• 10.27.17

    Steven Laxton Tours New York With the People

    There are a few truisms about New York: the speed, the lights, the diversity. But beyond that, New York changes every few blocks. Each neighborhood has a unique identity which is amazing if you’re looking for new experiences or can be overwhelming if you’re new to the city. “All the neighborhoods in New York a really unique, I used to feel like I was traveling the world from neighborhood to neighborhood,” says photographer Steven Laxton. “There’s a personality that everyone knows, and some of those people are really inspiring community leaders, and some of them are just on the street and if they weren’t there you wouldn’t feel at home if you lived in that neighborhood because you get used to seeing their face around.” Steven was inspired by this collection of celebrities who are sometimes heroes, sometimes the hearts of their communities, and sometimes unsavory figures that just happen to be who is best known. So he’s been photographic these Neighborhood Celebrities in a series, almost as a collection of figures to understand the unique collection of places that make up New York City.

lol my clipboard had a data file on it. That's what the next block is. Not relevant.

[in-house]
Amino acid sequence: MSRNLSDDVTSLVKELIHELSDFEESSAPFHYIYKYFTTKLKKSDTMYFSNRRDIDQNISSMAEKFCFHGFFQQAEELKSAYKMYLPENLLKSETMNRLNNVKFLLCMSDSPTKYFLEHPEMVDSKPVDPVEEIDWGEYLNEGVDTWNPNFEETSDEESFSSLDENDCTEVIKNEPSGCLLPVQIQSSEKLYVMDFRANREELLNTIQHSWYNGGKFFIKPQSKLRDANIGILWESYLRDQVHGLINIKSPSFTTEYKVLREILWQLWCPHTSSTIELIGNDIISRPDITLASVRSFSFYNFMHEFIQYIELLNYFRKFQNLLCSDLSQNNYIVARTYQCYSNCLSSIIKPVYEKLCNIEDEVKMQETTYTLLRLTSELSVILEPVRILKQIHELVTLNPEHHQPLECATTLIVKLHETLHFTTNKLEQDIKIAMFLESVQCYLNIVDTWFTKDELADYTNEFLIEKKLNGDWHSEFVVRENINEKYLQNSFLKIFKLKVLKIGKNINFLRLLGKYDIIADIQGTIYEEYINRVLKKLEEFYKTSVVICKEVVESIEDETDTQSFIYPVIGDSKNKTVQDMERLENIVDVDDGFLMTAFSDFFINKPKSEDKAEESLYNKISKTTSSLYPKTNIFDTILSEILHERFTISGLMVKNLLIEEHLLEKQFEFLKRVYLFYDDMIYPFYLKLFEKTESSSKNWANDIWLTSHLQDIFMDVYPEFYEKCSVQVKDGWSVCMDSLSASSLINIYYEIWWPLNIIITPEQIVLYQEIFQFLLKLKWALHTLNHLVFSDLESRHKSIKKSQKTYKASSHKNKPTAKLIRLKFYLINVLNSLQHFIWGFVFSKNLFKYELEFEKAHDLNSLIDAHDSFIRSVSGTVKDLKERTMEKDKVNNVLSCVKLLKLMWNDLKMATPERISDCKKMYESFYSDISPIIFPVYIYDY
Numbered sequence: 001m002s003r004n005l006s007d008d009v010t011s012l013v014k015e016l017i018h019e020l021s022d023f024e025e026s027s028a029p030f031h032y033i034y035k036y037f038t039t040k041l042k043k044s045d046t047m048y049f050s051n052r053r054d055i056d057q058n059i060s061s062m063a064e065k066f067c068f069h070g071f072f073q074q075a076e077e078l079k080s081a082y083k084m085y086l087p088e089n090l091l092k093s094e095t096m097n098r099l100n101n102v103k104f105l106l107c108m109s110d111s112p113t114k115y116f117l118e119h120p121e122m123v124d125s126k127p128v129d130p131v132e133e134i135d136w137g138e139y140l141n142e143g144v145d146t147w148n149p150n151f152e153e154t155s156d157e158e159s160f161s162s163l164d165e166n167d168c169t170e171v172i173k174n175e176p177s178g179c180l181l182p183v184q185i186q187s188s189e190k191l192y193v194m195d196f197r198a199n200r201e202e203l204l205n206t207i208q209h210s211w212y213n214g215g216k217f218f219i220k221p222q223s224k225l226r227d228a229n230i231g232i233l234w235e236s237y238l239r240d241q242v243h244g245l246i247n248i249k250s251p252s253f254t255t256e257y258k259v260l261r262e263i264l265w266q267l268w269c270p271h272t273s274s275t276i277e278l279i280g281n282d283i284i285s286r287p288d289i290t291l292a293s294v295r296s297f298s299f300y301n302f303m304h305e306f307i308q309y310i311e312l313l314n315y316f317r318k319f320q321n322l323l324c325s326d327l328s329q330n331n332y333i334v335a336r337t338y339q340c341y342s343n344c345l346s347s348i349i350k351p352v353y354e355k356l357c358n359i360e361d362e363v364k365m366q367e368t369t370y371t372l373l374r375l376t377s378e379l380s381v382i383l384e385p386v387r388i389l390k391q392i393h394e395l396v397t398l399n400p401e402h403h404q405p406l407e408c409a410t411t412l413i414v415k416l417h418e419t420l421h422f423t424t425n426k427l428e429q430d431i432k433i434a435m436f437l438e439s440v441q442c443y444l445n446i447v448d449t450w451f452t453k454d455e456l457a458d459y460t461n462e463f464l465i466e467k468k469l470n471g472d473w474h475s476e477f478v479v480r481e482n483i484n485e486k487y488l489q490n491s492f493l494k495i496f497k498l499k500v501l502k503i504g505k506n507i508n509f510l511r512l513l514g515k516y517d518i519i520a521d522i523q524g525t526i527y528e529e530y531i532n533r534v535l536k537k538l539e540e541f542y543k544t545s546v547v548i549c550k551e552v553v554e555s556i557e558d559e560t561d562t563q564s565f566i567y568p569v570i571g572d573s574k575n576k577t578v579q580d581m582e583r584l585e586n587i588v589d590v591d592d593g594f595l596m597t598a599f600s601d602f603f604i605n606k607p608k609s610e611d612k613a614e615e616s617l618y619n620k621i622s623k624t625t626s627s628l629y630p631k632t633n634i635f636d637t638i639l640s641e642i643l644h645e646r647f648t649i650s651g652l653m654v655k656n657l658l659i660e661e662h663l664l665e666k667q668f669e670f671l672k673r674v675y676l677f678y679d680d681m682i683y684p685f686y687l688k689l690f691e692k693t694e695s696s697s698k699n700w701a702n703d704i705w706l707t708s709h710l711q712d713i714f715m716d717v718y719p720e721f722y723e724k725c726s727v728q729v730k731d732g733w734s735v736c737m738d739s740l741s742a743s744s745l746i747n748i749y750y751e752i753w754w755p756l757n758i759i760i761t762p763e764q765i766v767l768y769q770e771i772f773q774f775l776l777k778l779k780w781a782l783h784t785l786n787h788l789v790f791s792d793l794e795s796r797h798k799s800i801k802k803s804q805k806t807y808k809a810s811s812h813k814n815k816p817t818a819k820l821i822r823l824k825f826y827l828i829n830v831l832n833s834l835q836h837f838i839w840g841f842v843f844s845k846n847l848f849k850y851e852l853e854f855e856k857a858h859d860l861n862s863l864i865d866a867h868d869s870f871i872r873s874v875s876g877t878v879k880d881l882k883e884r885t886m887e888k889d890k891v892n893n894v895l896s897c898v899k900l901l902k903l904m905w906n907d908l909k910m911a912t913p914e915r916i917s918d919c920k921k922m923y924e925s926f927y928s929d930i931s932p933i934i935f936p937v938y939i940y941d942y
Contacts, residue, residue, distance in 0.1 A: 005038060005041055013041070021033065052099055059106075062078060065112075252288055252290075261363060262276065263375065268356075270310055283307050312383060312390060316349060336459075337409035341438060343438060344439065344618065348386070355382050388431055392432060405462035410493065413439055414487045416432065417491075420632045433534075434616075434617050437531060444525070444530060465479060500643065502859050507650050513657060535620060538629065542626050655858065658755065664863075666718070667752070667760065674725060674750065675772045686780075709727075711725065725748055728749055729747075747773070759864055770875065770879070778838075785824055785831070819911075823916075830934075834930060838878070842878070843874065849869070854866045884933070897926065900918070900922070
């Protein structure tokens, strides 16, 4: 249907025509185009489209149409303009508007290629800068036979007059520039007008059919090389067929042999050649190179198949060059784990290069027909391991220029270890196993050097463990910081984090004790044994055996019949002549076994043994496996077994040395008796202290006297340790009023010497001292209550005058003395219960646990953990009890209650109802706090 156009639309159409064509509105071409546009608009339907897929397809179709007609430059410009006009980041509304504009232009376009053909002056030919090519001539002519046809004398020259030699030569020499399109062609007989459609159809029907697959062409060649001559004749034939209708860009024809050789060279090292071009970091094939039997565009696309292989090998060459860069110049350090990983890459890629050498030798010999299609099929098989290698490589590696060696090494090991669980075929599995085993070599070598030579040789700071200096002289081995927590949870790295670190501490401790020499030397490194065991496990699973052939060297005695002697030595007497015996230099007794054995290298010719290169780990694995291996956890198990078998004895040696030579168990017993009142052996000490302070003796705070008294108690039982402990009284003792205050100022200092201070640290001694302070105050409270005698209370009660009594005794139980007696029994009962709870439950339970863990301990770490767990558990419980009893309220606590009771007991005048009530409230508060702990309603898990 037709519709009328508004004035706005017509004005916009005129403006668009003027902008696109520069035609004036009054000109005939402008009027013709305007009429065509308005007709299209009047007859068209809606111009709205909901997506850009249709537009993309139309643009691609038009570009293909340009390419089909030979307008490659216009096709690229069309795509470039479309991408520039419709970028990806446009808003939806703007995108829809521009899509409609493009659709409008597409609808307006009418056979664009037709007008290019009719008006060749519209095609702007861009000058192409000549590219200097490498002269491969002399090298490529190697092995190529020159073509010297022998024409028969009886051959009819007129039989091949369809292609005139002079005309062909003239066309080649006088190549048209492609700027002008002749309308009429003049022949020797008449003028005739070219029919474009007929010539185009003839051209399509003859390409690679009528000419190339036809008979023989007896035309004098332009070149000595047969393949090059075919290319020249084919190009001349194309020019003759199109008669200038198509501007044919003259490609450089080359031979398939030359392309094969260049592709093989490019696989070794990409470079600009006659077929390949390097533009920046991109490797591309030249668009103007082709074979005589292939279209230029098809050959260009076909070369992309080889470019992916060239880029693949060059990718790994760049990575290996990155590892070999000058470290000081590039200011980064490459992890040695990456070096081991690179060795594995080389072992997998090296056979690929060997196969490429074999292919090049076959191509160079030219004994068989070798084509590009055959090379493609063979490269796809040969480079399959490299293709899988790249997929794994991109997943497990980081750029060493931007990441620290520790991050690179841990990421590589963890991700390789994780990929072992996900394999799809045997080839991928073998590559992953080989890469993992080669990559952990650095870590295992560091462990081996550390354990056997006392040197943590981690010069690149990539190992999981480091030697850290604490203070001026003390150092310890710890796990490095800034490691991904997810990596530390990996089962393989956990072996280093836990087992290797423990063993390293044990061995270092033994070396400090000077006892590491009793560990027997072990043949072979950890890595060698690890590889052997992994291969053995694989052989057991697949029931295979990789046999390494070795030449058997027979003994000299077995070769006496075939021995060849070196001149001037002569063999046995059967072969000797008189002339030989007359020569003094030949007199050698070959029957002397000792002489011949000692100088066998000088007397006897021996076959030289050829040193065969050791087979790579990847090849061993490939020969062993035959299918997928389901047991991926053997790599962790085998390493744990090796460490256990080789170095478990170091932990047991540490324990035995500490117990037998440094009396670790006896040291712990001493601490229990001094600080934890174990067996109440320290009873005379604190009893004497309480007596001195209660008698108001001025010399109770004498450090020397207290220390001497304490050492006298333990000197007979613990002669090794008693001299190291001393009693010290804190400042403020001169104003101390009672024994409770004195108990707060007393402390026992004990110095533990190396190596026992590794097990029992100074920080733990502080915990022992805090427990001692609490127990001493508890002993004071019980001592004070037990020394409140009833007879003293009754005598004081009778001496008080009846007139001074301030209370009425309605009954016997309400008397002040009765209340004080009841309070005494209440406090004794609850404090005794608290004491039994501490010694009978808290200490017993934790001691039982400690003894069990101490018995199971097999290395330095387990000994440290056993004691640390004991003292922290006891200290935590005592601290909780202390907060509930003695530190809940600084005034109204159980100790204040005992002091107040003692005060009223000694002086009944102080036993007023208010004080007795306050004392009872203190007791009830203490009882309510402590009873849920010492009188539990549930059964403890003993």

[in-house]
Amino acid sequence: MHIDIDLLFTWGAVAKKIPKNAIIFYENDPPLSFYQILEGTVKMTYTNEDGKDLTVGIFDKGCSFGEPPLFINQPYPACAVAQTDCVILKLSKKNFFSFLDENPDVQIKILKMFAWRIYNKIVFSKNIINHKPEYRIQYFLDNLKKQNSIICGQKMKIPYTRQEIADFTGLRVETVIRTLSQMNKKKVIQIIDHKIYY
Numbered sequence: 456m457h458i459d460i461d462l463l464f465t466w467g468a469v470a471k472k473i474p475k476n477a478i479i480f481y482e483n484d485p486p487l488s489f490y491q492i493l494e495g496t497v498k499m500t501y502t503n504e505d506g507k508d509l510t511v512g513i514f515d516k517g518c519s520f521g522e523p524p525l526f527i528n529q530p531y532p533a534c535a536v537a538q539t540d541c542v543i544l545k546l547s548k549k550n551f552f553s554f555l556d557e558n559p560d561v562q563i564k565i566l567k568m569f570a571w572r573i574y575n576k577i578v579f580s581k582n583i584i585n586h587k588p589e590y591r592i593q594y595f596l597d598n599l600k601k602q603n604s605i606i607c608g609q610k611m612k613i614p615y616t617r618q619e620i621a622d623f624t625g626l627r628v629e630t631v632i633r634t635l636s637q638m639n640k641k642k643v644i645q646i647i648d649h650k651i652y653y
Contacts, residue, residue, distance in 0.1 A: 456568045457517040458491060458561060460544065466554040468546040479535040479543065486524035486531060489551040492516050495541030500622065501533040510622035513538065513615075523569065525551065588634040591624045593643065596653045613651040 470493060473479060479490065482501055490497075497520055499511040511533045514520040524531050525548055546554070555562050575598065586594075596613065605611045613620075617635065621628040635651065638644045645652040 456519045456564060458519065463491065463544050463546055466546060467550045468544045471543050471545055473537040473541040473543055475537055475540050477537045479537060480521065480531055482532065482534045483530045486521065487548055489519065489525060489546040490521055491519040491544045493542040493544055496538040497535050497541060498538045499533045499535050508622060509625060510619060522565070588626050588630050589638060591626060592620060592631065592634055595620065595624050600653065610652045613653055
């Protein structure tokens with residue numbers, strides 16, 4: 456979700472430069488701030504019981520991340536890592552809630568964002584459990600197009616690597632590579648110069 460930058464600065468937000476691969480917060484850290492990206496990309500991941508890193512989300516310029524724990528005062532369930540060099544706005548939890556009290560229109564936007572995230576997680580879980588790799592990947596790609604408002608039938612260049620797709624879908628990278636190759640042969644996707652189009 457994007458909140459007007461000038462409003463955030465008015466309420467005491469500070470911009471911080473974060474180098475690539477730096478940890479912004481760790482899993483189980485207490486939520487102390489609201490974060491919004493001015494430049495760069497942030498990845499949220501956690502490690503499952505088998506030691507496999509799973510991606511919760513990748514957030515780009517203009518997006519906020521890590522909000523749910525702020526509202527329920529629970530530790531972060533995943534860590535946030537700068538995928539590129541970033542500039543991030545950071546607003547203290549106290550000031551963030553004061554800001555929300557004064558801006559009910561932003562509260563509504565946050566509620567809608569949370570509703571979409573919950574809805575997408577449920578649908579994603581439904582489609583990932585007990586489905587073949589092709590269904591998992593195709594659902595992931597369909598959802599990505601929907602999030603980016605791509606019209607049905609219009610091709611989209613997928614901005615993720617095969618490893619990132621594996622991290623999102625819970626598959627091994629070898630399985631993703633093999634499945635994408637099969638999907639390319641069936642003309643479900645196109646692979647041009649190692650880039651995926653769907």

It began by researching these folks online as much as he could, but pretty quickly he and his team found that the more they were able to find these people through word of mouth, the faster everything came together. After all, these celebrities exist as pillars of their communities, so it would be their communities who would best reveal their own leaders. “It’s actually been a lot of fun, meeting these people, they’re all fascinating people,” says Steven. 

    Steven is originally from Australia, but he’s made his home in a few NYC neighborhoods over the last few years, and part of the fun of this project has been finding the celebrities of his own communities. One of them was Eshete Woldeyilma, the Cat King of Columbia, originally from Ethiopia whose face is very familiar to Steven. “There’s a homeless gentleman who lives on the Columbia waterfront and he used to go around the corner from my house every day. I used to see him all the time,” says Steven. “He’s a lovely guy, a refugee actually, and I think he’s had a bit of trauma. He fled the war and lost all his family there, but he sees it as his job to take care of the stray cats there and he thinks if he’s not there they won’t be looked after.” Woldeyilma is a reminder that every resident of New York lives a unique life and even if we don’t notice those around us, others are. We are all small pieces fitting together into each other’s lives, creating a diverse and complex puzzle. Steven’s images a glimpse of the boldest colors, but set the foundation of the palette for everyone.

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